The government often talks about reducing the deficit. It does not seem very smart to be reducing the deficit at the expense of CBC/Radio-Canada.
Here is a good example. Look at the people who are going to lose their jobs. This shows the Conservative government's mismanagement. One of the groups that was hardest hit by the employment insurance reform—I mention this because there is a relevant connection here—was the set technicians. They are affected by the changes to the employment insurance regulations because of the nature and duration of their work. Sometimes they do contract work. These same technicians will be the first to pay the price of the cuts to CBC. In addition to losing their jobs, they are also going to be adversely affected by another file that has been mismanaged by the Conservative government and that is the employment insurance reform.
It is interesting because when we make all these connections, we see that the Conservative government does not actually care about the real impact that these cuts will have on our identity and on CBC/Radio-Canada's unique mandate as a news and culture broadcaster in our communities.
However, that is not all. These cuts will also affect the people who have jobs and who will now lose them. That is shameful. That is why I am rising today to support my colleague from , who does excellent work. We will continue to stand up and support our public broadcaster.
Mr. Speaker, it is a pleasure to rise today to talk about the CBC.
I commend the member for . It has been a long time since I heard the “hidden agenda” reference, so I congratulate him for being able to throw one of those into this debate. I am sure he will try in subsequent questions to throw in a “George W. Bush” because no debate he is included in would be complete without a “hidden agenda” and a “George W. Bush” reference. I want to commend him for that.
When we look at the CBC, it is important to look at it in a broader context. It is always difficult to hear the Liberals defend anything, and I am sure my colleagues on the NDP side will agree with me. When the Liberals were in office, and the NDP referenced this yesterday in another debate we had, their attacks on the CBC were legendary. They absolutely decimated funding to the CBC.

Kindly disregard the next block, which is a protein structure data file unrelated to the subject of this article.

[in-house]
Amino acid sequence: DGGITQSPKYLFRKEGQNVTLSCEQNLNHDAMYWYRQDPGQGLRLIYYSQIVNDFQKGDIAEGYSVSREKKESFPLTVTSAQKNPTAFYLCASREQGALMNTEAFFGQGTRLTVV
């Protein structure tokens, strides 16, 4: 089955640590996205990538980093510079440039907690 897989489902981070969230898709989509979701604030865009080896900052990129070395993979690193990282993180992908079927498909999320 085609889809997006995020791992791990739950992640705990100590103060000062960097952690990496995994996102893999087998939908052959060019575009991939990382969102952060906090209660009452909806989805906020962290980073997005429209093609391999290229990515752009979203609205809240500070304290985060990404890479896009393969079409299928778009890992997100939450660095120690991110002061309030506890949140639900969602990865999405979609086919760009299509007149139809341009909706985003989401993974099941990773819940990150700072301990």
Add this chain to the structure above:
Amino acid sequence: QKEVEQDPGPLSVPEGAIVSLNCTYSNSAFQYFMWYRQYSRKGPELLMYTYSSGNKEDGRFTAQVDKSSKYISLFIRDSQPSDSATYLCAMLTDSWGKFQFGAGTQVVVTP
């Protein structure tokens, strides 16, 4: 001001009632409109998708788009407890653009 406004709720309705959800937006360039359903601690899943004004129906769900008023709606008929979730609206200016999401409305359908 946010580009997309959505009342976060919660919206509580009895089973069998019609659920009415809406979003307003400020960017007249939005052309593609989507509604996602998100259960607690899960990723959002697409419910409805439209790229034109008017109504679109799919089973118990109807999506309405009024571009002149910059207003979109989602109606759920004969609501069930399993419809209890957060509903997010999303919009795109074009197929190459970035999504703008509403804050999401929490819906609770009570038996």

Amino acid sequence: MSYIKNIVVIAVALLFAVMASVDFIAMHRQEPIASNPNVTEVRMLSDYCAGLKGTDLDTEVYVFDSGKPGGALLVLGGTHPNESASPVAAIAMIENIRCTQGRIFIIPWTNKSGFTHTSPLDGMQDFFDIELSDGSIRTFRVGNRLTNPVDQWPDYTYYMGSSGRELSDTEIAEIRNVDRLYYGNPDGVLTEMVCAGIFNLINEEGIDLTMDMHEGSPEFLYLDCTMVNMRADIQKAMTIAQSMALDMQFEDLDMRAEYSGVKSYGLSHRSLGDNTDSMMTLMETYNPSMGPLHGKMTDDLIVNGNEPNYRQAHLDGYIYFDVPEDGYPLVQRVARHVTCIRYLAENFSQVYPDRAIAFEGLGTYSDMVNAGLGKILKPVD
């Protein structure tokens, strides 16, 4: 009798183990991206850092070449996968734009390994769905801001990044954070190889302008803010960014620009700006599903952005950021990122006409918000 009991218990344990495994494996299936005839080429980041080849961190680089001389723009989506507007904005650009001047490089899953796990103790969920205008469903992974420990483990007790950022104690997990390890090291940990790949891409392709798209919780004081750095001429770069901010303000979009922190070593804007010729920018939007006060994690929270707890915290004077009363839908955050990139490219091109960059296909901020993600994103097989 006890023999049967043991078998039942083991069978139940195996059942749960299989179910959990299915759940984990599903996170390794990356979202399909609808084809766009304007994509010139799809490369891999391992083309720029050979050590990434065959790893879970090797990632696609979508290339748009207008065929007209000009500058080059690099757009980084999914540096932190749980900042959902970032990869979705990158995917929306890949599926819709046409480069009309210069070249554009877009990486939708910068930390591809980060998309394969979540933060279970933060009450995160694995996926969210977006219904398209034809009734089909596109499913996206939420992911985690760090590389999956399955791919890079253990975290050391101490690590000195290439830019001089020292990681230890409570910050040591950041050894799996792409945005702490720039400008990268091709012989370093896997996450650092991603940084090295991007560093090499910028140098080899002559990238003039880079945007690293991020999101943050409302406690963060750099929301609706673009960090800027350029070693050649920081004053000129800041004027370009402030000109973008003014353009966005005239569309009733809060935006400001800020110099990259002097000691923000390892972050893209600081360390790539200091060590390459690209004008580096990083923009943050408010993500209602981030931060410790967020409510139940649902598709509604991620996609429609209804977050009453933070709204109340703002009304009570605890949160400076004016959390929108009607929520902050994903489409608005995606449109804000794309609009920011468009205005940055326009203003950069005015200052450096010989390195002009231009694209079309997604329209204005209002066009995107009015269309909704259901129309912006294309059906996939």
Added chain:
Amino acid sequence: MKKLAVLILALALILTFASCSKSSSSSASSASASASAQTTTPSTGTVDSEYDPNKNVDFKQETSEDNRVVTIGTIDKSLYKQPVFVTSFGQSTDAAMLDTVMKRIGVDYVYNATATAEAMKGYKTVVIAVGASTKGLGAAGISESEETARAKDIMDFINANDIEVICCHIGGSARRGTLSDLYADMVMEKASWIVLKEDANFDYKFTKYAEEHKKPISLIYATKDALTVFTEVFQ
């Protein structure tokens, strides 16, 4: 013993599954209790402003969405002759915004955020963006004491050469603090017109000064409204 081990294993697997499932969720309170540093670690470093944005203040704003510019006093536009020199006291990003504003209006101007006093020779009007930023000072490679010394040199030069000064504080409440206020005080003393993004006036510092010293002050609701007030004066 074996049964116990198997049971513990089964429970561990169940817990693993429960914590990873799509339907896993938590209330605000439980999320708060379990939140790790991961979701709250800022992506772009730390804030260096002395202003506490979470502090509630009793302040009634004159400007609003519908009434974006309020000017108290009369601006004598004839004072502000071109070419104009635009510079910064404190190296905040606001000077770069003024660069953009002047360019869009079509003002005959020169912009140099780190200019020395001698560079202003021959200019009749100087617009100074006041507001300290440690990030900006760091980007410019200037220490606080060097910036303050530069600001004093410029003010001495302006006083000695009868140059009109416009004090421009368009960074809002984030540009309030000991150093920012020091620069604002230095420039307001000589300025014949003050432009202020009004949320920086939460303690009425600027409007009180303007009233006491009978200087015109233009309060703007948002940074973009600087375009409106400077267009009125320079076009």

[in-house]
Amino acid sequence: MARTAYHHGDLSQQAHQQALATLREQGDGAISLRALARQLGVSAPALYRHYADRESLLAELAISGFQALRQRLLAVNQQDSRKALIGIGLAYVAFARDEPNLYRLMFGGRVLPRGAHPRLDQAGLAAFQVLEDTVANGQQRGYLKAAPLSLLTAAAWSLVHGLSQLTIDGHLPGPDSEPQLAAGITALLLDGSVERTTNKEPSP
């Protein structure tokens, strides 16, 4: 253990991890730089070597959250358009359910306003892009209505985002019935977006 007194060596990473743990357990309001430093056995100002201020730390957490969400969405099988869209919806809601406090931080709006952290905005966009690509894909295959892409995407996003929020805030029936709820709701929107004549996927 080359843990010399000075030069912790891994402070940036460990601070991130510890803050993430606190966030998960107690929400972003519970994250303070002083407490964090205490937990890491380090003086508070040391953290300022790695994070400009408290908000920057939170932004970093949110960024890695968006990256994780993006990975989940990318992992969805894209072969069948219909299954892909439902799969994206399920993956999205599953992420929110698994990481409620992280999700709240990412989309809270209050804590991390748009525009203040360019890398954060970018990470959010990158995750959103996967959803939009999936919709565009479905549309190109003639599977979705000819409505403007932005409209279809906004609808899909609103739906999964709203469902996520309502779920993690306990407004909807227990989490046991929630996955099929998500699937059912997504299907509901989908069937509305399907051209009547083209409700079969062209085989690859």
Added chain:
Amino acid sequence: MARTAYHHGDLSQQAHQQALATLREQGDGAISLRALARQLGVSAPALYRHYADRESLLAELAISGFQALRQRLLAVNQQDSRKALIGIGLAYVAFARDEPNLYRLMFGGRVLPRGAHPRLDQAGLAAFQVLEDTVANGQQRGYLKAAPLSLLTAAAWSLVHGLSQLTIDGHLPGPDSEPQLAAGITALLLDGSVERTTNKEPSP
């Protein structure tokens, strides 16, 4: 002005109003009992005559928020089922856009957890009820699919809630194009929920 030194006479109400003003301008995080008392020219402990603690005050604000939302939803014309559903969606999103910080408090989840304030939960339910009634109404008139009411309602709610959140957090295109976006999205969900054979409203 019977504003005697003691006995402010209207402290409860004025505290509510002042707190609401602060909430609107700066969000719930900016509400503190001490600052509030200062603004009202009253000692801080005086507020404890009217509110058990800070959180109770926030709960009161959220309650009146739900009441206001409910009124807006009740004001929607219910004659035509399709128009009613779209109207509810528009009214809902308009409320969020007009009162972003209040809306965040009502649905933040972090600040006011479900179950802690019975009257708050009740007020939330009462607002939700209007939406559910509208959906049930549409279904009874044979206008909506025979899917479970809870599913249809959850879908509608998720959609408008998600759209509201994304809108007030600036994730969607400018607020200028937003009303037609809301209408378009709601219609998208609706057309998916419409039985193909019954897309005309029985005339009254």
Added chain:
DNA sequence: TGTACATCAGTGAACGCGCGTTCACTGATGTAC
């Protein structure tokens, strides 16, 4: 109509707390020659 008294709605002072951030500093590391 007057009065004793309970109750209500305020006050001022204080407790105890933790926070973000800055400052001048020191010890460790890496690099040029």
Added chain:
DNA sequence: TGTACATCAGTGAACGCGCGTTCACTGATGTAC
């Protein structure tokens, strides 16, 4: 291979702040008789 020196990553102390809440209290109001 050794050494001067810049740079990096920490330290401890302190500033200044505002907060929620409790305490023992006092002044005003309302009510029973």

Now the Liberals get up in this place, on this debate, and talk about how important CBC is, and that “My gosh, if it wasn't for Mr. Dressup, they would not be here”. What did they think of Mr. Dressup and Finnegan when they cut $400 million and more from the CBC? I guess it was not important then, this national treasure of the CBC.
The member for called CBC a “national treasure”, but the Liberals decimated it with cuts. They did not just decimate the CBC, they also went after health care, social transfers, post-secondary education. What they did to the military was a decade of darkness for it. That is the Liberal record on just about everything.
The Liberals talk a good game, but when it comes to providing good government for Canadians, they push that out the door and focus on what is good for the Liberal Party and their pockets.
The Liberals talked about sponsorship, so let us talk about sponsorship and commercials. What did the Liberals do? We all know about the sponsorship scandal. Imagine what the extra $40 million, which was stolen by the Liberal Party, would do in the context of today. It would be there for Canadians to use. We are still looking for that money.
I want to take the opportunity to commend not only the current but also the current , who was the former minister of Canadian Heritage. We knew on this side of the House, unlike the Liberals when they were in government, how important arts and culture are to the Canadian economy, not just how Canadians felt about their country or their communities and the provinces.
We understand the pride we get from our artists, the pride we have when a Canadian artist is successful in other countries. We have pride when we go abroad and see Canadian artwork hanging in important museums. It is not just that, but it is how important it is to our communities. We understand that.
That is why in 2008, when the economy took a turn for the worst, when the global economy was at its worst and when every other country in the world was making cuts to arts and culture, we took a different path because we understood then, as we understand today, how important it was to protect and enhance that community, which gives us so much pride.
As I said, we increased funding to arts and culture. We are one of the only G7 countries that has augmented or increased funding to arts and culture, and the results have been spectacular.
I remember at one point a couple of years ago when the , who was the minister of Canadian Heritage at that time, referred to the fact that five Canadian artists were at the top of the Billboard charts.
I know some of the members of the NDP referred to the importance of jobs when it came to arts. Absolutely, it is important. Arts and culture is responsible for so many jobs in our country, more than 127,000 jobs across the country. It is not just, as the opposition sometimes likes to focus on, about the actors, it is not just about the directors, it is about the other people who help support these productions. These are the types of people we are providing assistance to through our tax cuts, which opposition members constantly vote against. This is about the carpenters, the electricians, the seamstresses, the hairdressers, the makeup artists, and all the people who help support productions in their communities across the country.
I will be happy to continue with my remarks after question period.